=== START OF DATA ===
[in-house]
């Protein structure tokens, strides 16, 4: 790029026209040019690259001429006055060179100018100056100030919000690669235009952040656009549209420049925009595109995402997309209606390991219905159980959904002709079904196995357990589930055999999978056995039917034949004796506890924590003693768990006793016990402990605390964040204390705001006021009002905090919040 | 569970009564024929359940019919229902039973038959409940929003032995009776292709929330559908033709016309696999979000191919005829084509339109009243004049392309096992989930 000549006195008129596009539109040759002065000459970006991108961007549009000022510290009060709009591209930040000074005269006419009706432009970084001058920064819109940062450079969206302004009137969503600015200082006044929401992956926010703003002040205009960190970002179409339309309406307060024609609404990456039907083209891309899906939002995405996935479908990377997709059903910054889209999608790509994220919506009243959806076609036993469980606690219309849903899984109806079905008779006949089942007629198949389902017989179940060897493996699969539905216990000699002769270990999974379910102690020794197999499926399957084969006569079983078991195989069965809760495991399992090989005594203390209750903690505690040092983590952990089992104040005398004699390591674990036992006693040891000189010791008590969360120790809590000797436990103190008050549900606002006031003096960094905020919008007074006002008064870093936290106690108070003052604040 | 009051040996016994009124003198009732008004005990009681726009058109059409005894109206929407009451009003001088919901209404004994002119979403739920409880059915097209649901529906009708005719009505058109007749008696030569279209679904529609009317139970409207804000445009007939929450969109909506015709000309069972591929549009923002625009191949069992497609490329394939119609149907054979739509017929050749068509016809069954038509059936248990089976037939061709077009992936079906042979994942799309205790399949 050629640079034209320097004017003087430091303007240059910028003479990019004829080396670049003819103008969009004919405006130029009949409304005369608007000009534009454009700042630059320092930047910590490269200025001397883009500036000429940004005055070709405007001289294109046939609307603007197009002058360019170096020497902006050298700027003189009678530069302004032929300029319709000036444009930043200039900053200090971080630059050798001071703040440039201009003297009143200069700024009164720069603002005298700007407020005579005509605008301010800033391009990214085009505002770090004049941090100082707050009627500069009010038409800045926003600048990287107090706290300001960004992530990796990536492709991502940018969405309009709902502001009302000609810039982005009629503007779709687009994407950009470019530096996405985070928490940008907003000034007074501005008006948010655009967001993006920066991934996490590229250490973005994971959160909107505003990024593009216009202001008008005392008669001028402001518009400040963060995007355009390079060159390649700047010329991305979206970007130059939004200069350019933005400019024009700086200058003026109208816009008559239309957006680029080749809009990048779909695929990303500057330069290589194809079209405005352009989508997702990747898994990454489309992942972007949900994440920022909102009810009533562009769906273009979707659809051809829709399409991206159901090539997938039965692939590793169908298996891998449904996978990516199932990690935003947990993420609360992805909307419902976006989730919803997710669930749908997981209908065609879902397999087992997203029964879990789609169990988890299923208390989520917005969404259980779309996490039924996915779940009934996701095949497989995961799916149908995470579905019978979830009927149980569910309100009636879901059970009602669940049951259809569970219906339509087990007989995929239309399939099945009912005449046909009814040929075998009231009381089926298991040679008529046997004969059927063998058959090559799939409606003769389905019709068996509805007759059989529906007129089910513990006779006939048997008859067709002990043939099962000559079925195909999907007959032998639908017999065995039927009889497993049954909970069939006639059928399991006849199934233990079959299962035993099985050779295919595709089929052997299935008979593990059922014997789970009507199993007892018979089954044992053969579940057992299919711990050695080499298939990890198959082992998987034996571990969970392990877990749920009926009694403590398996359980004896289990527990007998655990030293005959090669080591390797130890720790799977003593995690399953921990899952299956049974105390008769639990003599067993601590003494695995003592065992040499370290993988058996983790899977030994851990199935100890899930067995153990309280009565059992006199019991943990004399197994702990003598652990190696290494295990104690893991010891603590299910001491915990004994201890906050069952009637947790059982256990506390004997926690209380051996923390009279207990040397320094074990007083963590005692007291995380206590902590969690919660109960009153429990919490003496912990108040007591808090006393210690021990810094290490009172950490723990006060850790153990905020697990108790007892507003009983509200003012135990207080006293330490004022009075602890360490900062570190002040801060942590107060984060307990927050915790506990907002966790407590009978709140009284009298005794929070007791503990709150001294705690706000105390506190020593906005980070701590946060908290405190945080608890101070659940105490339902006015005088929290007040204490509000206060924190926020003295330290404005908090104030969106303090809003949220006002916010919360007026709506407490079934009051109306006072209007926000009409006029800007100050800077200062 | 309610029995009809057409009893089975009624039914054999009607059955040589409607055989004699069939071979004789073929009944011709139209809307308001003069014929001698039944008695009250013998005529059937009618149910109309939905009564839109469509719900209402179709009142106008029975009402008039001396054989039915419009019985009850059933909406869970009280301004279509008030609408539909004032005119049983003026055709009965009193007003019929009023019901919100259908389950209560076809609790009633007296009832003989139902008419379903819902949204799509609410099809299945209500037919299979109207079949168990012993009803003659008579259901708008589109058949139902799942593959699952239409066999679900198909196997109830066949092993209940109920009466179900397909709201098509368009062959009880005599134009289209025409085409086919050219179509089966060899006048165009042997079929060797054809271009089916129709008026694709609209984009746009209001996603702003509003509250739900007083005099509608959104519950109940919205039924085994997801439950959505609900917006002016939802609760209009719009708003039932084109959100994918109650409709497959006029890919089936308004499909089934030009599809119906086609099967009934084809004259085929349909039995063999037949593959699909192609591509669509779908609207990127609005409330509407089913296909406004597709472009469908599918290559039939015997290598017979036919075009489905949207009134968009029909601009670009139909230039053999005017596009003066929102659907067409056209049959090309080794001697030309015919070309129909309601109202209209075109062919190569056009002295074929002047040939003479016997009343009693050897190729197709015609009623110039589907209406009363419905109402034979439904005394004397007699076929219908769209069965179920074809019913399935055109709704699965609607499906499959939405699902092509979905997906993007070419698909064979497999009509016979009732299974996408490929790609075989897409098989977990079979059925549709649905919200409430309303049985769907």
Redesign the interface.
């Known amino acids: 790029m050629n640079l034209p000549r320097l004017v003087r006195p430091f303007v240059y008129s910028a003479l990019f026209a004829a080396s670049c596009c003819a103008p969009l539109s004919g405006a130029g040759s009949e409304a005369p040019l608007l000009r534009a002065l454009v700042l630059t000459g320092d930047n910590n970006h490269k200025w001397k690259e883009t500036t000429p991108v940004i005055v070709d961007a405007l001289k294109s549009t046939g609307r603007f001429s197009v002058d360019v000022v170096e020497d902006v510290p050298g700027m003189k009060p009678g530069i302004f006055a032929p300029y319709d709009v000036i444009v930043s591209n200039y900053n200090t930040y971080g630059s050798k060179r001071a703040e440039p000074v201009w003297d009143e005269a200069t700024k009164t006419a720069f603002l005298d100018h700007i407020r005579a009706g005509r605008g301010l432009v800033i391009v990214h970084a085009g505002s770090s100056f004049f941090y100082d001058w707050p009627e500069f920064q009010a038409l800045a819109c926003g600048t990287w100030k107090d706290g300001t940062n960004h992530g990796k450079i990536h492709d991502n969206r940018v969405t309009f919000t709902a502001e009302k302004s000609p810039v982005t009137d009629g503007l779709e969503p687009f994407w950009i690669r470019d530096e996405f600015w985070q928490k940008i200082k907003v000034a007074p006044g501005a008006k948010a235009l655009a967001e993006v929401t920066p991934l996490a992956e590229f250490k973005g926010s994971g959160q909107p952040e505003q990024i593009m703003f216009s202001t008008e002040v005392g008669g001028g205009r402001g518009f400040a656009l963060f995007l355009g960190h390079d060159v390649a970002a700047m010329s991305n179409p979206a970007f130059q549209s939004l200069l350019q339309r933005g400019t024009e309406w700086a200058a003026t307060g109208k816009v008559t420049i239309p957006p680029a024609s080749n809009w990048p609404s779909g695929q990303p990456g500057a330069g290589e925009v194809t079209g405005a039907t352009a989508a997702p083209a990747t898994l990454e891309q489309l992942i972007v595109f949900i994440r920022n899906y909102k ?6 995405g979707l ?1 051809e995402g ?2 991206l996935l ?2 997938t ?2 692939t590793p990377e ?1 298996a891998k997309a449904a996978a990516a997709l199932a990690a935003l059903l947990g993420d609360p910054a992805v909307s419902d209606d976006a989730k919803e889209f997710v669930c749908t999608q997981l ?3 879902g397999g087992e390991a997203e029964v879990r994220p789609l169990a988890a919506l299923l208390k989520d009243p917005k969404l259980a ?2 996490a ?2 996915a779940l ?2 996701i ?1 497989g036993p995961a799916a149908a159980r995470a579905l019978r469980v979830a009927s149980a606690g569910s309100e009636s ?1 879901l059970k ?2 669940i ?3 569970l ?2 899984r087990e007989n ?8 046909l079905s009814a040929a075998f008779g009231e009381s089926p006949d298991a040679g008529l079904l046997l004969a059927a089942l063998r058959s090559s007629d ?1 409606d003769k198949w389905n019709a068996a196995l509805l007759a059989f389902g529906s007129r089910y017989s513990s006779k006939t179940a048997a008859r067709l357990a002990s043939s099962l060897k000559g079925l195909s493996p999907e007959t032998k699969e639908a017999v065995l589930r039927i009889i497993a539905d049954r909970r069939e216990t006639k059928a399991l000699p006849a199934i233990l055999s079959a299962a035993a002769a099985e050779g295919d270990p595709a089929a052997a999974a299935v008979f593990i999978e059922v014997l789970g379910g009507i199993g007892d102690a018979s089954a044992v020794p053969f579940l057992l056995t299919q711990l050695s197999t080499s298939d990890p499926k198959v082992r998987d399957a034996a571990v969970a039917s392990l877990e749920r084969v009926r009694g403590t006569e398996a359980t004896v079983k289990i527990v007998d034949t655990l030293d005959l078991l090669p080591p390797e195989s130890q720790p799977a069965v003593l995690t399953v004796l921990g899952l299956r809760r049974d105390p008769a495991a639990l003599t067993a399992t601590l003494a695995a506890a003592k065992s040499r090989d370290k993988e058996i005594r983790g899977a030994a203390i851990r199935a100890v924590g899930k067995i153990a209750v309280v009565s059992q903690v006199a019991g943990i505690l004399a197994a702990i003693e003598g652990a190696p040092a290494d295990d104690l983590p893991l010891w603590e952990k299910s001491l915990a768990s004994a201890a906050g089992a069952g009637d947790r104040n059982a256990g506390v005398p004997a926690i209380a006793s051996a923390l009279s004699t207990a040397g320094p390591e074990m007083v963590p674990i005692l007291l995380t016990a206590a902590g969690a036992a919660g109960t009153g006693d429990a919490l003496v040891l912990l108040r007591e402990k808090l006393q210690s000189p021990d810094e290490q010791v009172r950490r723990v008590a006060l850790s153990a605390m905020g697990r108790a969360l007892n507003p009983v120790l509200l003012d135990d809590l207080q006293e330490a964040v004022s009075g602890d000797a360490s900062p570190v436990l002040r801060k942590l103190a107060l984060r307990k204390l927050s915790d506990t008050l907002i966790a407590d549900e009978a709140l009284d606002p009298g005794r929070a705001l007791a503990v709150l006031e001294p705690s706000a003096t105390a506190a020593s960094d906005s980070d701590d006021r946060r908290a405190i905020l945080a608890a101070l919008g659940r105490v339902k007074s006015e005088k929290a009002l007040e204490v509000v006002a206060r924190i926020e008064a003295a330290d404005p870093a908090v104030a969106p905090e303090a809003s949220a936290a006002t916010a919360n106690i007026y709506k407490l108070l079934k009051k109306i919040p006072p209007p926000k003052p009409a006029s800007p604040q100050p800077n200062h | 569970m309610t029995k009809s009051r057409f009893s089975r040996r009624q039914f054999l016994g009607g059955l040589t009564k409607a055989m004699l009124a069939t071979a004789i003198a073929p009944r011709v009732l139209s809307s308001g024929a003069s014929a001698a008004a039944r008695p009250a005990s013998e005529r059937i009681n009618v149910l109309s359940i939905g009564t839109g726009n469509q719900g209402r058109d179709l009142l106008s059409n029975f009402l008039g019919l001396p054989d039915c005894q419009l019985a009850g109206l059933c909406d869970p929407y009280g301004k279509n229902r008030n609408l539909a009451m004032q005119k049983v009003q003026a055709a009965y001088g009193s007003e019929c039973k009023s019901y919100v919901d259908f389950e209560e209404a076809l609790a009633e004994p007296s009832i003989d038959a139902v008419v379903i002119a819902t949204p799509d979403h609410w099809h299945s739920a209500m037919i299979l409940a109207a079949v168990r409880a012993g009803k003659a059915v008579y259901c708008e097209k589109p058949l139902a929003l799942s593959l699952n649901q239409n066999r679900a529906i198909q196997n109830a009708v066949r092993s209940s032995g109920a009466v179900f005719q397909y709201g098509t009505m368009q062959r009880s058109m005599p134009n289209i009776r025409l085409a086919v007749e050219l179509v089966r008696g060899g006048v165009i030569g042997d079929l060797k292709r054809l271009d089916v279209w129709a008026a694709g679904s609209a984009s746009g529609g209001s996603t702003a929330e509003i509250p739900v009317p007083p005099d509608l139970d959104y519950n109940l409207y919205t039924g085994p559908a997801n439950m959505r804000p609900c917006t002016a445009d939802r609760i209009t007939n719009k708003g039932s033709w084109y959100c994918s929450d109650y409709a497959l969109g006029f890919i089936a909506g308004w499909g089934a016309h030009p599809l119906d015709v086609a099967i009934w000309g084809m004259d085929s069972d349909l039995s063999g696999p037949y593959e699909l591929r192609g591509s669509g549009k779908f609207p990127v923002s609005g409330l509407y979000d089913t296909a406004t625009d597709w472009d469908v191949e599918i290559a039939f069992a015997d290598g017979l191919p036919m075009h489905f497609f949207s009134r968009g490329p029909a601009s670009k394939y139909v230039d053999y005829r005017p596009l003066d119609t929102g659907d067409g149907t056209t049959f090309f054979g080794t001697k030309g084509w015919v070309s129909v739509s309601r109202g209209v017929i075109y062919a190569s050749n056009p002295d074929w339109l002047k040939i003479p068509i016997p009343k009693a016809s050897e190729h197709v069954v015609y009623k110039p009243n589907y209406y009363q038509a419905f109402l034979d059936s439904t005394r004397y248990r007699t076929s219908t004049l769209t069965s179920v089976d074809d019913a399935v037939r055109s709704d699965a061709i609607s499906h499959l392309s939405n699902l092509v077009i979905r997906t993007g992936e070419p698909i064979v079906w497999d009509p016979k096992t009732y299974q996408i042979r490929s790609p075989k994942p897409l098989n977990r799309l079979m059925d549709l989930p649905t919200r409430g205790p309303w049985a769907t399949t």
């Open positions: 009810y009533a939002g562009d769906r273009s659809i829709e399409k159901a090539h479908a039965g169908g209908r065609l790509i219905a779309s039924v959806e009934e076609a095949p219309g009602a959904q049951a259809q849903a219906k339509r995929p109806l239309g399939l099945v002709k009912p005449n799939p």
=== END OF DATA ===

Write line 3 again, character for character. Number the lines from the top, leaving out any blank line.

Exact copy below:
Redesign the interface.